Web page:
Am I Addicted to Alcohol?
For people questioning whether they or their loved ones are dealing with an alcohol use disorder, it can sometimes be difficult to determine with certainty the existence of a problem. The lines between casual drinking, binge drinking, heavy alcohol use, and alcoholism can sometimes be tough to decipher.
While there isn’t a definitive test for alcoholism, such as a blood test, there are physical, psychological, and psychosocial signs that can help people recognize alcoholism in themselves or loved ones. This article will take a closer look at the symptoms of alcohol addiction and other indicators of alcohol abuse.
If you are concerned you or someone you know has lost control of their drinking, start by taking our self-assessment quiz below.
Physical Symptoms of Alcohol Addiction
Alcohol abuse creates changes in the body that can affect many aspects of a person’s physical being, from outward appearance to organ health. These include:
- Redness of the face after drinking, which may become permanent over time.
- Skin sores.
- Severe digestive problems.
- Heart problems, such as arrhythmia or high blood pressure.
- Shakiness or loss of balance.
- Diminished motor skills and clumsiness.
Learn more about the signs and symptoms of alcohol addiction.
Psychological Symptoms of Alcohol Addiction
A psychological test for alcoholism can be more challenging because these symptoms can be harder to see or may occur before the alcoholism issue is in place. However, if individuals or their loved ones feel that alcohol use may be severe enough to contribute to these factors, it’s worth paying attention to these signs:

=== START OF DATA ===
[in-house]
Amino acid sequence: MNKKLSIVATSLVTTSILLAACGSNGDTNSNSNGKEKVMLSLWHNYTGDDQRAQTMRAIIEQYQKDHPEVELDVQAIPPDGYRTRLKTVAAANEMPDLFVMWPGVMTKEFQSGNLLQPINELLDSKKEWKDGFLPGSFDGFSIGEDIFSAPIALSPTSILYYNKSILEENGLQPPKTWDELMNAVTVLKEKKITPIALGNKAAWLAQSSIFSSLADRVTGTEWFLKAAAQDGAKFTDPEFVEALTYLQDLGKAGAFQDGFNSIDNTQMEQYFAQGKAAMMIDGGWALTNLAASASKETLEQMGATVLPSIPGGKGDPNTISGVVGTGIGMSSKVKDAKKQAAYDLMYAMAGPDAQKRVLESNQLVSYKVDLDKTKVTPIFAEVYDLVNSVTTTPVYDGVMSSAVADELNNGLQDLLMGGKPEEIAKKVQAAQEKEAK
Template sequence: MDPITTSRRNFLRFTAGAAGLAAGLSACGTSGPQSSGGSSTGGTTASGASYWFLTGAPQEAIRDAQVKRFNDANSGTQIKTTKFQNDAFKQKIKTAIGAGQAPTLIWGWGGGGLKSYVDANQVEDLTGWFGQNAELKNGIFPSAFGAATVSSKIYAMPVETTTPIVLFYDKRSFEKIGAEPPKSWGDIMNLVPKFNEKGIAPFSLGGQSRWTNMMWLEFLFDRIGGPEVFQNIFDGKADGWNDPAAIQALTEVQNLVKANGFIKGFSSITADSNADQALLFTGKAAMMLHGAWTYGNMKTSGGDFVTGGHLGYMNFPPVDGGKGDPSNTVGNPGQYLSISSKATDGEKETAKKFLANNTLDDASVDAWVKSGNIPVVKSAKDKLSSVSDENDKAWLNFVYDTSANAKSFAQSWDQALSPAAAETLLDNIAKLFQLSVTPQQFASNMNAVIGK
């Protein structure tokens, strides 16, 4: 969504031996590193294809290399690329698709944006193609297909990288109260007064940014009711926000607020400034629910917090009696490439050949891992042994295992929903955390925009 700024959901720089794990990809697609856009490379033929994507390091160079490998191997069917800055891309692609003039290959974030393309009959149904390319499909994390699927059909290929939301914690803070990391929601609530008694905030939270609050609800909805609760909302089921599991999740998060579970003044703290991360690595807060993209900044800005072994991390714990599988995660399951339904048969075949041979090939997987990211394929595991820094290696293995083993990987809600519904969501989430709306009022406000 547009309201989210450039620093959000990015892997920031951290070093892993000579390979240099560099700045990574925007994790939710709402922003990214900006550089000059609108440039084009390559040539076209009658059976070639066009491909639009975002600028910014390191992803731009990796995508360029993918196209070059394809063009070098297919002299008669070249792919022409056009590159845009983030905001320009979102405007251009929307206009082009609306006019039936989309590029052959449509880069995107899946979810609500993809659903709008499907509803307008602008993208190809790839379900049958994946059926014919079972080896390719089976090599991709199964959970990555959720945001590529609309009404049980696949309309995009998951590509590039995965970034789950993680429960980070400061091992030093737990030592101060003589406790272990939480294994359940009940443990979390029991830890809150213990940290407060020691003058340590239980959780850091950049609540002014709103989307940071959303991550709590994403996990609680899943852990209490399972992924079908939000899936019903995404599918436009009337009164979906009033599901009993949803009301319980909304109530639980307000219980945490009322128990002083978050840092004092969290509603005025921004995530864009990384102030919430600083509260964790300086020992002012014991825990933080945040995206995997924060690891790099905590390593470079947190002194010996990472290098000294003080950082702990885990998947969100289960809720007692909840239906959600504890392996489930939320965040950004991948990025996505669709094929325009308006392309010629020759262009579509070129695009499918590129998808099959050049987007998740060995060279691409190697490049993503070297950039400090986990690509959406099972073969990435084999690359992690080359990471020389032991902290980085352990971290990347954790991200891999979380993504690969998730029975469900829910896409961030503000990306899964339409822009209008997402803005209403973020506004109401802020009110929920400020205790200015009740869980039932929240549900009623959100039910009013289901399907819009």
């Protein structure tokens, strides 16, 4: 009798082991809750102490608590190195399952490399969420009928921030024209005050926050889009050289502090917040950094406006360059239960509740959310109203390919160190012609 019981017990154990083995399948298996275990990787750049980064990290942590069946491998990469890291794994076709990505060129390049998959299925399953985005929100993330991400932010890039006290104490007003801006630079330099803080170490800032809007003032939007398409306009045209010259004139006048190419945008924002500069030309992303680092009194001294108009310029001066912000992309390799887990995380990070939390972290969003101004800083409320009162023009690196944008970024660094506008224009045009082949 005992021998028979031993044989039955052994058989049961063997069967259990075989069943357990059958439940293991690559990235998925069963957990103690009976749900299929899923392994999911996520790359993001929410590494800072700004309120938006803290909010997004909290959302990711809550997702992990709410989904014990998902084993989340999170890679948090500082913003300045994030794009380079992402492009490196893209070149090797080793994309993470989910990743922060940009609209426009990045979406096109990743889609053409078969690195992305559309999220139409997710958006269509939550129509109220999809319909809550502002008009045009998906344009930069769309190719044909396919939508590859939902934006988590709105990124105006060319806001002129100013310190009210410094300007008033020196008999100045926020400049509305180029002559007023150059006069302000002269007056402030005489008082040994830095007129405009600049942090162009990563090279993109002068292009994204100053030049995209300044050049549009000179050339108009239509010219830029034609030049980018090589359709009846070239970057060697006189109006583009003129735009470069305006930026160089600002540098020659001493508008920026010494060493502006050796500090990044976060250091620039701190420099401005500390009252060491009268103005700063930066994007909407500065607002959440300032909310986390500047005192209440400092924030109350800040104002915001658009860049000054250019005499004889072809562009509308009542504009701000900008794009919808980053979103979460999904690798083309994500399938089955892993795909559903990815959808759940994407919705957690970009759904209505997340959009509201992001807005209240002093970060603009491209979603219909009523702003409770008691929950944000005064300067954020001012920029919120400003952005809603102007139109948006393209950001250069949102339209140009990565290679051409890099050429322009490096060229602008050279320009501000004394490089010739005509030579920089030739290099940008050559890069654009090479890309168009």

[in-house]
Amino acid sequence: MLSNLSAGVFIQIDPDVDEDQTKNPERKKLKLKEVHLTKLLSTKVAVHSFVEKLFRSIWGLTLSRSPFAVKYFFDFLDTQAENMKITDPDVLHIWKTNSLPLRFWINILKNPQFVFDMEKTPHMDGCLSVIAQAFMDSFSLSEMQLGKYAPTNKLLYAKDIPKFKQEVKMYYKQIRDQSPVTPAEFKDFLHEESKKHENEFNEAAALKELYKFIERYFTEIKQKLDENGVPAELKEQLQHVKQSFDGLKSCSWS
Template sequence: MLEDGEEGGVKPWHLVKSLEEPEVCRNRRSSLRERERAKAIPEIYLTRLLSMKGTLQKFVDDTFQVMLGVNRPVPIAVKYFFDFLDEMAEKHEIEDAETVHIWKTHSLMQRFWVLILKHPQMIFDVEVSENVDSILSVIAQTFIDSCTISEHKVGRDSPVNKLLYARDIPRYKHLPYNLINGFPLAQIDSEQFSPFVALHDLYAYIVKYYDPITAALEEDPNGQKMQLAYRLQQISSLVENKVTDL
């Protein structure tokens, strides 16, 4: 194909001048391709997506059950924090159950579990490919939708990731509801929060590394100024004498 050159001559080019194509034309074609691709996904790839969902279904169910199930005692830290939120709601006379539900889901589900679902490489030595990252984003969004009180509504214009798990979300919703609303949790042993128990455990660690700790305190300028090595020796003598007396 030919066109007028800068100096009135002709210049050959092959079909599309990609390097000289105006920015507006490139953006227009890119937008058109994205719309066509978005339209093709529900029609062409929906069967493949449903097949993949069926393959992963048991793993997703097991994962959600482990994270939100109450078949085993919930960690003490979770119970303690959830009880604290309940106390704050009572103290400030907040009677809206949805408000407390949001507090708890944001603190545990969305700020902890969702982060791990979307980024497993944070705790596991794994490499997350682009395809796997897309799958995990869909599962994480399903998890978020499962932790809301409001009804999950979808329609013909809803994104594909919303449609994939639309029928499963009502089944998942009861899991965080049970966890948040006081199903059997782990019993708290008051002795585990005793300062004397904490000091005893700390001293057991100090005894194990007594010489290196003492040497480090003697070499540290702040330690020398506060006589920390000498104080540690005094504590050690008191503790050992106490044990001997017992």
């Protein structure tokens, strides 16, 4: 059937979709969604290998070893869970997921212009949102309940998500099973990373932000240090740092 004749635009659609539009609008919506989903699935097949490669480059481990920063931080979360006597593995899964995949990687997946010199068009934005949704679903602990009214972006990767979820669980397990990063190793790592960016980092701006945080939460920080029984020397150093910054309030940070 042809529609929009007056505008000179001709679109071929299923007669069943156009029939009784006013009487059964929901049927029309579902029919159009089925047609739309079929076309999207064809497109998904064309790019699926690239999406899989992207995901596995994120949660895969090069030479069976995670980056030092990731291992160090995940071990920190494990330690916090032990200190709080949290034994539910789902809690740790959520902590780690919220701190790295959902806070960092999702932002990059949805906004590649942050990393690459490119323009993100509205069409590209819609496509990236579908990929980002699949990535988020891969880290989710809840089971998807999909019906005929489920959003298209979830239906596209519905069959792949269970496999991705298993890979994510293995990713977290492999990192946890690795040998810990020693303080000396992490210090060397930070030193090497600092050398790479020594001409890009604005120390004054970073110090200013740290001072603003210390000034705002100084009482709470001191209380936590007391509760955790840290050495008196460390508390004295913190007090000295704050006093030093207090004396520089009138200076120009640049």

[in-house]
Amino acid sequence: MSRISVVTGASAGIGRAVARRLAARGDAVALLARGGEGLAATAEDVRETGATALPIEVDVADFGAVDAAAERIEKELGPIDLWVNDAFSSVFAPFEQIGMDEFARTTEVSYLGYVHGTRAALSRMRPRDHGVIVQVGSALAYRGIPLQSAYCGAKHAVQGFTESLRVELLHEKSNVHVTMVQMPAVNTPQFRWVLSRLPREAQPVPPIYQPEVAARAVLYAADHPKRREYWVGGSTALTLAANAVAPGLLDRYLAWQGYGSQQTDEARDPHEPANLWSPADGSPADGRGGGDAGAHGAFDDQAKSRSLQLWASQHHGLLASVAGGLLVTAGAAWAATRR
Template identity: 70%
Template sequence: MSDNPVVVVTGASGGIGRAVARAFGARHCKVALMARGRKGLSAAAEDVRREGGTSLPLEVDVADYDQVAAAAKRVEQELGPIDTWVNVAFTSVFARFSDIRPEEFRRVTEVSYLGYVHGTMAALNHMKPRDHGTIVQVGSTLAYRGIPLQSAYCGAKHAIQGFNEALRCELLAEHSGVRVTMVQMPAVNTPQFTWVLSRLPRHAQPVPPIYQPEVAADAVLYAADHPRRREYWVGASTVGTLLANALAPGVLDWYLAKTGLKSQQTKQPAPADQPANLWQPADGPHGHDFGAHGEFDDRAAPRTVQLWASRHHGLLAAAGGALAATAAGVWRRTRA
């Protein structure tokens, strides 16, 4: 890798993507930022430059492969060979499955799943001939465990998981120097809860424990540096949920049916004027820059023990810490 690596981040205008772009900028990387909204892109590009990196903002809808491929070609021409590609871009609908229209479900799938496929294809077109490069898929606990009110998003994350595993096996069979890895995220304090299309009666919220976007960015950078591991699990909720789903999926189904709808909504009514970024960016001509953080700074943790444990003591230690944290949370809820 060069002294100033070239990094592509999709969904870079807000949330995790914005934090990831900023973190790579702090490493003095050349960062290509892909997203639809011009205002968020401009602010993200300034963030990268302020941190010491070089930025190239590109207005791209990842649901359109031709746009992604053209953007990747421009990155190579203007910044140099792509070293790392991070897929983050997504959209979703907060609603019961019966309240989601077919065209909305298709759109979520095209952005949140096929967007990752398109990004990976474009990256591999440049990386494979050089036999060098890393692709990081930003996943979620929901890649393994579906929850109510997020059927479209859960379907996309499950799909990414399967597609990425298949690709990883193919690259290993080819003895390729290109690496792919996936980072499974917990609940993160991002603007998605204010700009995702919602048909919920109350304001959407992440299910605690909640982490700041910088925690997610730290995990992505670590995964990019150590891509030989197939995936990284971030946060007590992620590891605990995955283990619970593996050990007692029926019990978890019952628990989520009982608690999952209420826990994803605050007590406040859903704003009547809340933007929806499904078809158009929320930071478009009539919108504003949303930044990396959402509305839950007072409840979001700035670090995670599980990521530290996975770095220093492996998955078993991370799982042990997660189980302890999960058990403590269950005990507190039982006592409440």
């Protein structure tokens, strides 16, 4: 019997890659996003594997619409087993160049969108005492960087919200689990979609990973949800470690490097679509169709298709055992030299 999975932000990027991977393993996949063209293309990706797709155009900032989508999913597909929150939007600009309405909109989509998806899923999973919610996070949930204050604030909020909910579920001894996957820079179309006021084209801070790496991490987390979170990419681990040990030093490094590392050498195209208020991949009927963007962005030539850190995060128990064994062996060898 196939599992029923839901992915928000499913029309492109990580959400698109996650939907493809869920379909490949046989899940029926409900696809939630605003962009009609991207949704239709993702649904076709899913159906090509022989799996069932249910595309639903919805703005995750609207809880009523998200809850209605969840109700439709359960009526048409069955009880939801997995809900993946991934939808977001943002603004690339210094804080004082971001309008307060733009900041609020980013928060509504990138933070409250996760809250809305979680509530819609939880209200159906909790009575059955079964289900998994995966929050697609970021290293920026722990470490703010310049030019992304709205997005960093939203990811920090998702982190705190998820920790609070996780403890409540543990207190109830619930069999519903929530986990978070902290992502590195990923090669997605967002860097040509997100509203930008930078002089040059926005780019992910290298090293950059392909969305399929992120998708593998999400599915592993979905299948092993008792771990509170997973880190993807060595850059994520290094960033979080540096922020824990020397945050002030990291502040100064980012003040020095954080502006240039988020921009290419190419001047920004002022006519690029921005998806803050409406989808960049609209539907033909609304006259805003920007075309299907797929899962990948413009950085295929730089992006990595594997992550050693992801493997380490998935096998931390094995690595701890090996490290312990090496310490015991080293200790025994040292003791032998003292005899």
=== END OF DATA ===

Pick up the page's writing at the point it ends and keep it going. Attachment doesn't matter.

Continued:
- Sleep problems.
- Antisocial behavior.
- Extreme mood swings.
A study on Alcoholism and Psychiatric Disorders published by National Institute on Alcohol Abuse and Alcoholism (NIAAA) indicates that antisocial personality disorder is more prevalent in those with alcohol use disorders than the general population. An estimated 15%–20% of men with alcoholism and up to 10% of women with alcoholism demonstrate this psychiatric disorder, compared to 4% of men and 0.8% of women in the general population.
Psychosocial Signs of Alcohol Addiction
According to the NIAAA, people concerned that they or a loved one has an alcohol use disorder or alcoholism can ask the following questions:
- Does the person exhibit guilt or shame about drinking?
- Is the person hiding drinking habits?
- Does the person feel withdrawal symptoms if drinking is stopped, such as shakiness, nausea, headache, and restlessness, or even hallucinations?
- Does the person exhibit an inability to stop drinking, drink more than intended on a regular basis, or drink longer than planned?
- Has the person experienced relationship problems with family or friends and continued to drink anyway?
- Does the person regularly engage in risky behavior while intoxicated?
- Has the person had problems with work or school responsibilities based on drinking?
- Does the person’s drinking result in regularly missing activities that would normally be enjoyed?
Answering “yes” to questions like these, and exhibiting the physical signs and psychological symptoms described above, may indicate that the person is indeed struggling with alcoholism. These questions and signs can act as a makeshift test for alcoholism and help determine if a person needs professional alcohol treatment.